It is a scene that has played out in living rooms across America and many other places on Earth for years. Children rush in to see what was left for them under the Christmas tree, and to their surprise, waiting for them is a fluffy little kitten or puppy with an oversized bow on its head. The children embrace their new gift with love and joy, profusely thanking their parents for such a wonderful present.

In many places when the New Year comes, those pets turn out to be not a good fit in the family and they wind up in animal shelters in January and February. Local animal control officials say that thankfully, that phenomenon is rarely seen here.

Cherokee County Animal Shelter Manager Lori Kekel said there are a handful of ways the shelter works to ensure that its lineup of adoptable cats and dogs go to the most loving and caring homes, becoming part of a family where the pet’s personality meshes perfectly with the personality of its humans.

Interestingly, although a number of shelters report an increase in the number of intakes and owner surrendered animals after Christmas, Kekel said January and February are two relatively slow months at Cherokee County’s shelter. Looking at the facility’s 2019 numbers, Kekel said that, between Jan. 1 and Feb. 28, 2019, the Cherokee County Animal Shelter saw approximately 150 pets surrendered. Instead, she explained that the time frame with some of the highest total number of pets being surrendered to the shelter by their owners was the weeks leading up to Christmas. Another busy time for intakes at the shelter is between the months of April and August, as this is when litters of kittens and puppies are more likely to be born, according to Kekel.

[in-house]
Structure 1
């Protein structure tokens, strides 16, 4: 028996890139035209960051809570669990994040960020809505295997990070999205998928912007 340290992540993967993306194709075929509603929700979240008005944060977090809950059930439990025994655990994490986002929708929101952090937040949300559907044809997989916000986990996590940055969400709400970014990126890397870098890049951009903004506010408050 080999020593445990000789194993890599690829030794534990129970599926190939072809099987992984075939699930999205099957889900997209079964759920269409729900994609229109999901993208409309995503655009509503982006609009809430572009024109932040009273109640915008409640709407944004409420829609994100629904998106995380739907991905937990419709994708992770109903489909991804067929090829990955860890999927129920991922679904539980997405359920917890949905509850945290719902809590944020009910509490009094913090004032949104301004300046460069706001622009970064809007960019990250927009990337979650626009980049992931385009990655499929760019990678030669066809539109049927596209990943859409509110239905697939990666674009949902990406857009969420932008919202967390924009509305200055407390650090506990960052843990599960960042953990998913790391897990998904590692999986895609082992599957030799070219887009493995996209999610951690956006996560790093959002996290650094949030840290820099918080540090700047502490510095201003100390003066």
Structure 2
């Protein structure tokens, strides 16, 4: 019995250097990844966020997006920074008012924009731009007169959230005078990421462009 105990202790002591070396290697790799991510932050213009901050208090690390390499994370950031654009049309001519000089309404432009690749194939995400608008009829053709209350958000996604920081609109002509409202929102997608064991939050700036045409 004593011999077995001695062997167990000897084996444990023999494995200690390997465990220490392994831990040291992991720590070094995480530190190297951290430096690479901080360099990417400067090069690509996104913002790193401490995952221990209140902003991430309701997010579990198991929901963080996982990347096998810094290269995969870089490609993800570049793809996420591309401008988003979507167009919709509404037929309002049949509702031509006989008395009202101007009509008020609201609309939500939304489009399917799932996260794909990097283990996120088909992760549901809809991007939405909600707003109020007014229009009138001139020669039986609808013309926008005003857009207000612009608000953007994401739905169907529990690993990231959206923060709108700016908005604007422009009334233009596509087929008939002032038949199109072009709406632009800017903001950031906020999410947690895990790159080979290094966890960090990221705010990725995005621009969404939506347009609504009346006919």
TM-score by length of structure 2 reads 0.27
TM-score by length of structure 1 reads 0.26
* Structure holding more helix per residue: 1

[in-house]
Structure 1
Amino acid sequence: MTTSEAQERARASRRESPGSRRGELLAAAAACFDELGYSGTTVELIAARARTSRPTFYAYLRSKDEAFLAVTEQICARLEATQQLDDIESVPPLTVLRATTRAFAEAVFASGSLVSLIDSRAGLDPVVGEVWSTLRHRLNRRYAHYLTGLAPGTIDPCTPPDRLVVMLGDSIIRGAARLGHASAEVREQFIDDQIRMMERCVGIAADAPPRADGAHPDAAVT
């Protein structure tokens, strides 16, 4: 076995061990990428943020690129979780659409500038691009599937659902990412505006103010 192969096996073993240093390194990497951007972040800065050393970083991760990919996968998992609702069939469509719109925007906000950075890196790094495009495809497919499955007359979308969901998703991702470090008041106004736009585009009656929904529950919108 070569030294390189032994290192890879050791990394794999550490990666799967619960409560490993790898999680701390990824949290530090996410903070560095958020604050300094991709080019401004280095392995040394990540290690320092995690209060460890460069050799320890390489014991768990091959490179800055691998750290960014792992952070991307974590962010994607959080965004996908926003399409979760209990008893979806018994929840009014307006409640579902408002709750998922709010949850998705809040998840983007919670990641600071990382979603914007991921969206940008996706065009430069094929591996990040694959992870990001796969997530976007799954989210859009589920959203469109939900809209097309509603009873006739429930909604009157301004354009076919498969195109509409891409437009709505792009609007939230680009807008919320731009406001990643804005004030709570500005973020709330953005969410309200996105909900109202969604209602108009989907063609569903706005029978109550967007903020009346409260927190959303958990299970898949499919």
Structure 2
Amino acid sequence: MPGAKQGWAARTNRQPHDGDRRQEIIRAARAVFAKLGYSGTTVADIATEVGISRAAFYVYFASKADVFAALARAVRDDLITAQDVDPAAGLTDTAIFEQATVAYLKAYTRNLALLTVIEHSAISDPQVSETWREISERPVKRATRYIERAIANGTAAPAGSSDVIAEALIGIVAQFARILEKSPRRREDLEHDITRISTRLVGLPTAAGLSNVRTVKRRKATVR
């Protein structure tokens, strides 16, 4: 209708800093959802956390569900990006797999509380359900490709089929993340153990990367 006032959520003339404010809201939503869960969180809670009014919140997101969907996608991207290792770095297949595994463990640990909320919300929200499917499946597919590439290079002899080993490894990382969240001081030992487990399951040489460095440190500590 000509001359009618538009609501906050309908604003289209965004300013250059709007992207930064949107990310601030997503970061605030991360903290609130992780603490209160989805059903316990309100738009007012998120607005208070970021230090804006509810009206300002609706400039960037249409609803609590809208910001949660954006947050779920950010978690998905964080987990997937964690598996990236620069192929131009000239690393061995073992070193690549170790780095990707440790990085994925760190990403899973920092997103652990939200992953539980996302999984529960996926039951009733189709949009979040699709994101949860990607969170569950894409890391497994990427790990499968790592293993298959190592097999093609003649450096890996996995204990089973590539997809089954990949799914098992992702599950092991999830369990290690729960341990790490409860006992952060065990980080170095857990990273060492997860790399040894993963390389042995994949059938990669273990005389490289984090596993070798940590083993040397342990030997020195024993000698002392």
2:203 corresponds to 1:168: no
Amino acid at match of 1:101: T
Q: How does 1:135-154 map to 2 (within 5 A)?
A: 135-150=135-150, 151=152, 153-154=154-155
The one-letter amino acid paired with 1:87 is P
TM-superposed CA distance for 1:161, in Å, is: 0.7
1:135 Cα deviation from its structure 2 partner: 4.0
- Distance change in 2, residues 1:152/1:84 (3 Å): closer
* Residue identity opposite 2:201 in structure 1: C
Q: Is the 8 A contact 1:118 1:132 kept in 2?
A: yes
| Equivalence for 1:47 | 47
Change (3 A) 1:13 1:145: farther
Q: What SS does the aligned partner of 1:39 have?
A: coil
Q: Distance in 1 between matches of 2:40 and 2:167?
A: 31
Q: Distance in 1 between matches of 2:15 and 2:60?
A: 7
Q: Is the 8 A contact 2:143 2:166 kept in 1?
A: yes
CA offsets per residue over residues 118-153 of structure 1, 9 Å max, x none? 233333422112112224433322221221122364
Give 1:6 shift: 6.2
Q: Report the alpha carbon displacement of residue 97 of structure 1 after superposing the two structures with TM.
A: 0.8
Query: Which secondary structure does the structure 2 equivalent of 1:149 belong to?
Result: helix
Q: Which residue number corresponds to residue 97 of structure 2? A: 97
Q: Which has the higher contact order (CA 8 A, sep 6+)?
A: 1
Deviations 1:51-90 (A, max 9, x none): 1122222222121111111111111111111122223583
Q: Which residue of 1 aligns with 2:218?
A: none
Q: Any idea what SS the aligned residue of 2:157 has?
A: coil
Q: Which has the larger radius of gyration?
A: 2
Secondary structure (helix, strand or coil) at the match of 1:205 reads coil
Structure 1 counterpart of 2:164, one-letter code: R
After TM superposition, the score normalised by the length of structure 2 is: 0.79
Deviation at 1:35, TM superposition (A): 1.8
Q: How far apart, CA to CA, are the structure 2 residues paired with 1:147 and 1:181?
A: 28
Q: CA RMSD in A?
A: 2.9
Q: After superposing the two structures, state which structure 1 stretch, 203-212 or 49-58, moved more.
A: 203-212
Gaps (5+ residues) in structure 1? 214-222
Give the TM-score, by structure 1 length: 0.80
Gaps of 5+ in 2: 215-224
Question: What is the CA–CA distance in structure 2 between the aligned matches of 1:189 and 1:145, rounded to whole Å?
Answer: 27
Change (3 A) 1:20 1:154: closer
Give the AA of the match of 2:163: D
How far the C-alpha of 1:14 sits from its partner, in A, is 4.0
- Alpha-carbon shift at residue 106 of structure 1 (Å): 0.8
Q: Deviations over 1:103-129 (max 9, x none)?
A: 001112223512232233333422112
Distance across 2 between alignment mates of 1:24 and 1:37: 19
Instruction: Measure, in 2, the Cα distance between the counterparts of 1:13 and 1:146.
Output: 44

When looking at the information provided by owners surrendering their pets, Kekel said the shelter does not list “pet given as a gift but is no longer wanted” (or anything similar) as a reason an animal was turned over to the shelter, and therefore, it is virtually impossible to tell how many of the pets surrendered following the holidays may have been a gift that is no longer wanted. According to the shelter’s statistics, among the more common reasons for a pet to be surrendered include owners moving and being unable to take their furry friend with them, family members being allergic to the pet or owners no longer being able to take care of their pets.

During the holiday season, many shelters and animal rescue organizations spread the word to members of the public, encouraging them to not engage in the cycle of adopting a pet to be given as a present that may end up being taken to a shelter once the holidays are over. Kekel said the Cherokee County Animal Shelter does not lean one way or the other in this regard. However, the shelter does have practices in place that works to keep this cycle from happening and growing in Cherokee County.